# Proving an inequality regarding a holomorphic function

Let $$f$$ be holomorphic in $$\mathbb{D}$$ and $$0. Prove that for every $$p\in(0,\infty)$$:$$\frac{1}{2\pi}\int_0^{2\pi}|f(re^{i\theta})|^pd\theta \geq|f(0)|^p$$

My attempt: First I assume that $$p=1$$. Then this result is a direct consequence of Cauchy's Integral formula. Now I let $$p>0$$ and $$f$$ that doesn't vanish on $$\mathbb{D}$$. In this case, $$g(z)=f^p(z)$$ is holomorphic in $$\mathbb{D}$$ and the result again follows from Cauchy's integral formula.

Now to the general case - let $$p>0$$ and $$f$$ holomorphic in $$\mathbb{D}$$. If $$f(0)=0$$ then the result is trivial, meaning we can assume $$f(0)\neq0$$. In this case, since $$f$$ is holomorphic we have some $$\delta>0$$ s.t $$f(z)\neq 0$$ for every $$z\in\mathbb{D}_\delta(0)$$, and we can use the previous result on $$\frac{1}{2\pi}\int_0^{2\pi}|f(\delta e^{i\theta})|^pd\theta$$. Now what I want to claim that if we take $$\delta, we have|: $$\frac{1}{2\pi}\int_0^{2\pi}|f(re^{i\theta})|^pd\theta \geq \frac{1}{2\pi}\int_0^{2\pi}|f(\delta e^{i\theta})|^pd\theta \geq|f(0)|^p$$ But I don't know how to show it (or even if it's true).

P.S I know that this has something to do with Hardy's theorem and Volume Integral Means, but I can't use such methods (I'm supposed to use a more fundamental complex analysis tools).

Any hint would be appreciated.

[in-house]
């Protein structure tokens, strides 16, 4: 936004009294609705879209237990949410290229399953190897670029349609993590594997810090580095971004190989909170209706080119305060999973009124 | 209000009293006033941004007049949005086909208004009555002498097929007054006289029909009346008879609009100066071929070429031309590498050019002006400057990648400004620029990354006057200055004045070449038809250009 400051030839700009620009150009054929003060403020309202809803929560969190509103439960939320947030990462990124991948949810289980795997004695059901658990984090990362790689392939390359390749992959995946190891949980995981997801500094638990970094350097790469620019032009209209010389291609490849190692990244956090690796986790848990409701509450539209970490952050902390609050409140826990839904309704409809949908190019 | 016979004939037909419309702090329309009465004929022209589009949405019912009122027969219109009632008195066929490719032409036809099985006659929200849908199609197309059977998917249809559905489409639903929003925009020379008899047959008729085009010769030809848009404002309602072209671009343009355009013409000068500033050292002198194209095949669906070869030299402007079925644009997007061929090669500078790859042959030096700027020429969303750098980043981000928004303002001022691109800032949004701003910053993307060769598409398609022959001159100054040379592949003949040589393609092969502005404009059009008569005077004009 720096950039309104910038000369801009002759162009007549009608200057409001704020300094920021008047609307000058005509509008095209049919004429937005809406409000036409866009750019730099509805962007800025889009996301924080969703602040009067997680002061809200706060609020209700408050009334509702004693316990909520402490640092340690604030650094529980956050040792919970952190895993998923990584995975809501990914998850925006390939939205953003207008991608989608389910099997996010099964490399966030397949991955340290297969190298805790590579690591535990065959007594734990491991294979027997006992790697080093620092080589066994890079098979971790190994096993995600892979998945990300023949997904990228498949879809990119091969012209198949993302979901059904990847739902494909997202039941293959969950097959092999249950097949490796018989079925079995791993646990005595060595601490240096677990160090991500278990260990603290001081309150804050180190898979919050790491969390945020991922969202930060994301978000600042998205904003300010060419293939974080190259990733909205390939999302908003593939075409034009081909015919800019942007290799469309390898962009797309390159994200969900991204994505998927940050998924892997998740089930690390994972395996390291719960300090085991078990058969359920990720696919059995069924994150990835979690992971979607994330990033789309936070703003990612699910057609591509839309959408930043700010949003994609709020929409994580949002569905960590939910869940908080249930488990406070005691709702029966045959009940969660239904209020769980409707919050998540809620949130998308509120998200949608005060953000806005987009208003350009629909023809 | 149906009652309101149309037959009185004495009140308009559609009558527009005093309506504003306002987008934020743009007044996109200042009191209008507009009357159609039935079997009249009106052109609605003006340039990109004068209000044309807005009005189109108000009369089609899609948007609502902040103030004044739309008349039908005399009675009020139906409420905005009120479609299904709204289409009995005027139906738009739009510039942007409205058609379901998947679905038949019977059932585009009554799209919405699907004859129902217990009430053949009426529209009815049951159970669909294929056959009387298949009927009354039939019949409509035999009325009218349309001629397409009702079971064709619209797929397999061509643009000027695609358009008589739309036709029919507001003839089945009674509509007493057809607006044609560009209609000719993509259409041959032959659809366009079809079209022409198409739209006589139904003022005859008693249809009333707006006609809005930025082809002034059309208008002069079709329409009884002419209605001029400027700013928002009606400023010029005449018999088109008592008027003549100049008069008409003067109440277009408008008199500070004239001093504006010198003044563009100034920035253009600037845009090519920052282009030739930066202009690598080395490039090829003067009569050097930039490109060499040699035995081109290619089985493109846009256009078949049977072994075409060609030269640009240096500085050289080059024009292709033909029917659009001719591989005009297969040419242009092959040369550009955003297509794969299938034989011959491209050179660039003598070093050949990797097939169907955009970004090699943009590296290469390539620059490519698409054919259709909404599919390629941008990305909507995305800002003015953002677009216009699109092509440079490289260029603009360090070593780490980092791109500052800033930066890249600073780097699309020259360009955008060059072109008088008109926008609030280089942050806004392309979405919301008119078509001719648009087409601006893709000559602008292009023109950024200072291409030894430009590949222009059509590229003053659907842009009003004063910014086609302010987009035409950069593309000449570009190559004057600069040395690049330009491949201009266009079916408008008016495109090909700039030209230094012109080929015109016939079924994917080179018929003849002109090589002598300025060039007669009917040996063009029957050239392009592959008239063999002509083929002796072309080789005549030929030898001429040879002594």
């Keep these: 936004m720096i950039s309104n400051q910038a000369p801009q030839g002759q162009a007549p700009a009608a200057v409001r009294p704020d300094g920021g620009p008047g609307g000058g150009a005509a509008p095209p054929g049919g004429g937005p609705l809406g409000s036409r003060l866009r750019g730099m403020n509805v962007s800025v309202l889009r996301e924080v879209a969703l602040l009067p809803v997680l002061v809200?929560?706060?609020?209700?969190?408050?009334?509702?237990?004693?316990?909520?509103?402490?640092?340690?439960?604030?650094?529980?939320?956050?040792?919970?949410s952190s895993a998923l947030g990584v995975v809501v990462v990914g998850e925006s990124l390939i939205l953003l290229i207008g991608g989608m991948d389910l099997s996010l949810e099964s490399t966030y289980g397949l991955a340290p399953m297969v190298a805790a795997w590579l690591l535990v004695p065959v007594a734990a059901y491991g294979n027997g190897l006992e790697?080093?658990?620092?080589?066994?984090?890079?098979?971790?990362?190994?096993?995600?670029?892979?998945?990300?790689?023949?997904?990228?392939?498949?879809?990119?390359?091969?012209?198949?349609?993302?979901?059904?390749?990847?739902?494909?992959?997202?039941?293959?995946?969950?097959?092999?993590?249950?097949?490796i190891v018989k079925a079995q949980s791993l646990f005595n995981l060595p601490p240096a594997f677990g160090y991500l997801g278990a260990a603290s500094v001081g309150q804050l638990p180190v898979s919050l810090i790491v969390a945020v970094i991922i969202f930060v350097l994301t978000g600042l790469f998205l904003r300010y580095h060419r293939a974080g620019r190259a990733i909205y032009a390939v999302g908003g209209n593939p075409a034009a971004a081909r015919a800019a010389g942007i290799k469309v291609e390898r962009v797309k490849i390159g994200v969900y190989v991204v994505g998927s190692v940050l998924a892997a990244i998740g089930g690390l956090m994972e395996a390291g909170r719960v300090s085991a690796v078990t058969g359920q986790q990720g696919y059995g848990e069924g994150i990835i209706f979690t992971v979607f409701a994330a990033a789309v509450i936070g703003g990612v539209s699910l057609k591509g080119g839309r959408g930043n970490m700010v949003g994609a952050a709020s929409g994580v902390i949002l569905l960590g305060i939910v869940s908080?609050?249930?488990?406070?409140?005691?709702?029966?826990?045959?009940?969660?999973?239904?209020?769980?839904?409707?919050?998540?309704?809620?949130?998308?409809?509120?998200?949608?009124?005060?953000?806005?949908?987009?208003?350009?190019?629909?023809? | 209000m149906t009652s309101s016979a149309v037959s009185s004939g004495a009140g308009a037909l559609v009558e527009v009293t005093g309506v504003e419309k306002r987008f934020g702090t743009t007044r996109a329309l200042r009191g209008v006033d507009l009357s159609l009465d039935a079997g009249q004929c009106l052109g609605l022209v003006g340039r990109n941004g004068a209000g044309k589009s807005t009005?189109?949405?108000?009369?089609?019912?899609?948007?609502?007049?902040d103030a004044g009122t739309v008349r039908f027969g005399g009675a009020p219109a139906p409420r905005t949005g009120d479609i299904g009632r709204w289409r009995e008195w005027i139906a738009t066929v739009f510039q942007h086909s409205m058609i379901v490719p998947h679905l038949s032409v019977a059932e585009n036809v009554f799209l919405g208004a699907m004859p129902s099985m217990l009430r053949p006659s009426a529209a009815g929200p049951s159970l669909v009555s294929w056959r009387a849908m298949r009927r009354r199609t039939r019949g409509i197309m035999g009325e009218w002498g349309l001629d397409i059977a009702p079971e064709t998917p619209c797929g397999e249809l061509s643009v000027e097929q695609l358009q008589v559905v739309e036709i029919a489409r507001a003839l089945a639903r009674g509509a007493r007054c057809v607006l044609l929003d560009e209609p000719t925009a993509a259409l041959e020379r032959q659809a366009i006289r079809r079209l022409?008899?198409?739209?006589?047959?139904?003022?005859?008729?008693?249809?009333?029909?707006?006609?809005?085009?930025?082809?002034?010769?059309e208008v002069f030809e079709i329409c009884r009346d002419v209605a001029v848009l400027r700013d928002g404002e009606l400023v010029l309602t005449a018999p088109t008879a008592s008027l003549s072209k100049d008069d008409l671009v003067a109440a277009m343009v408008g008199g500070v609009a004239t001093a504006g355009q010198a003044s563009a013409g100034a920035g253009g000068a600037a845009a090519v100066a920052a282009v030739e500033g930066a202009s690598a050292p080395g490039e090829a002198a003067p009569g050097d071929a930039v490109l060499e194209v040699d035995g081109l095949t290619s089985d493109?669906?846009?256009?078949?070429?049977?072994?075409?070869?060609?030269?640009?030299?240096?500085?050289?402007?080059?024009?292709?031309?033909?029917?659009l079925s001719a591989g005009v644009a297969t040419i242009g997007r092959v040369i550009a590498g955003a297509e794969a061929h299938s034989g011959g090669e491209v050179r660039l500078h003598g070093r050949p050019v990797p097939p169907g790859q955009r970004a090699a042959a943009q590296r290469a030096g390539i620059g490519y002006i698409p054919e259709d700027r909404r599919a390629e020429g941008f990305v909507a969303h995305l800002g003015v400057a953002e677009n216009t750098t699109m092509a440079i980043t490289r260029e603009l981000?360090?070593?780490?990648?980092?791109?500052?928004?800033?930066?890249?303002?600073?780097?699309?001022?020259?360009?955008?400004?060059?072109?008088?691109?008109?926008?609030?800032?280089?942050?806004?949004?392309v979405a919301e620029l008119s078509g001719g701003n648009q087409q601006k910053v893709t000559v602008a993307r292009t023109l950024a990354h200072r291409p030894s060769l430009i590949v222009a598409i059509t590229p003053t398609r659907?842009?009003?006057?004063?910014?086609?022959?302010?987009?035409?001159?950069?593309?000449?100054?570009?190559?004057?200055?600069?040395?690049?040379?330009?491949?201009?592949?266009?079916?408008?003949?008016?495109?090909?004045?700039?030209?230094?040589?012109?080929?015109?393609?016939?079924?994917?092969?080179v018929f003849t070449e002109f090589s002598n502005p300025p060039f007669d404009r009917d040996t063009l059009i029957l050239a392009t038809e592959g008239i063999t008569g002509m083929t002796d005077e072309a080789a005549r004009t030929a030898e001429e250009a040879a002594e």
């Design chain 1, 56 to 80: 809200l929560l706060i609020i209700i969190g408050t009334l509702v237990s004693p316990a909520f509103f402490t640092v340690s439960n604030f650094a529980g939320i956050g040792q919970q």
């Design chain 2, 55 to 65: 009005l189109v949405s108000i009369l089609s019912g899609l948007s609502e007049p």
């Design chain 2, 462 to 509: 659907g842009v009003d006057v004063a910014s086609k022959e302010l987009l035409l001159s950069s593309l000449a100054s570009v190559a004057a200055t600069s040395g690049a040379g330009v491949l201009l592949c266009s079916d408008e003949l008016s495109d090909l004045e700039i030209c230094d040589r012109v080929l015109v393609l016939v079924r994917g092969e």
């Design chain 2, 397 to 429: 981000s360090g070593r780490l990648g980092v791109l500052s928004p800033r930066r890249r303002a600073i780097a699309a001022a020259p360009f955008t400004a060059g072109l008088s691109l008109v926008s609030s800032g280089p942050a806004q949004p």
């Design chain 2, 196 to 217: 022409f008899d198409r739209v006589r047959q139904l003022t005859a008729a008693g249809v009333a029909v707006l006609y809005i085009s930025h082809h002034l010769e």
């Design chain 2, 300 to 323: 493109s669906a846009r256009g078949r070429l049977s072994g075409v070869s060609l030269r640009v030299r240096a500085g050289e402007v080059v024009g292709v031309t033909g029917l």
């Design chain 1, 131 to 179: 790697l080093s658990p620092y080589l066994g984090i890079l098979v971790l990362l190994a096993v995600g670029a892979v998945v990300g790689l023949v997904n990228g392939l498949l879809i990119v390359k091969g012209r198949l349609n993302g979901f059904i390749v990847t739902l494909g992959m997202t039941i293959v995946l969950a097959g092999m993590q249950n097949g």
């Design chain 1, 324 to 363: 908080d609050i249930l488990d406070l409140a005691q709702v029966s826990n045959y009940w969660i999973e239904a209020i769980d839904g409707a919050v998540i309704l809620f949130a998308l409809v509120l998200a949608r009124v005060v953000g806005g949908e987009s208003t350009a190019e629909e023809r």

• Standard argument: First, replacing $f$ by a dilate and taking a limit as above shows that wlog $f$ has only finitely many zeroes. Now $f=Bg$, where $B$ is a Blaschke product and $g$ has no zero... Jul 2, 2022 at 11:44
• @DavidC.Ullrich I'm not familiar with Blaschke product
– GBA
Jul 2, 2022 at 12:00
• Use Holder inequality plus what you have proved for $p=1$. By Holder inequality I mean $\int |f| <= (\int |f|^p)^{1/p}$ which holds for $p>=1$. Jul 2, 2022 at 13:20
• Can you use that $\log |f(z)|$ is subharmonic? Or Jensen's formula? Jul 2, 2022 at 13:32
• @MartinR I can use the fact that this function is subharmonic. How would one go about it then?
– GBA
Jul 2, 2022 at 14:11

The inequality holds trivially if $$f(0) = 0$$, so we'll assume that $$f(0) \ne 0$$. Then $$\log|f(0)| \le \frac{1}{2 \pi}\int_0^{2 \pi} \log |f(r e^{i \theta}| \, d\theta \, .$$ since $$\log |f(z)|$$ is subharmonic, or because of Jensen's formula.
It follows that $$\log\left(|f(0)|^p\right) = p \log|f(0)| \le \frac{p}{2 \pi}\int_0^{2 \pi} \log |f(r e^{i \theta}| \, d\theta \\ = \frac{1}{2 \pi}\int_0^{2 \pi} \log \left(|f(r e^{i \theta}|^p\right) \, d\theta \le \log \left(\frac{1}{2 \pi}\int_0^{2 \pi} |f(r e^{i \theta}|^p \, d\theta \right) \, .$$ The last step is Jensen's inequality applied to the concave function $$t \mapsto \log(t)$$.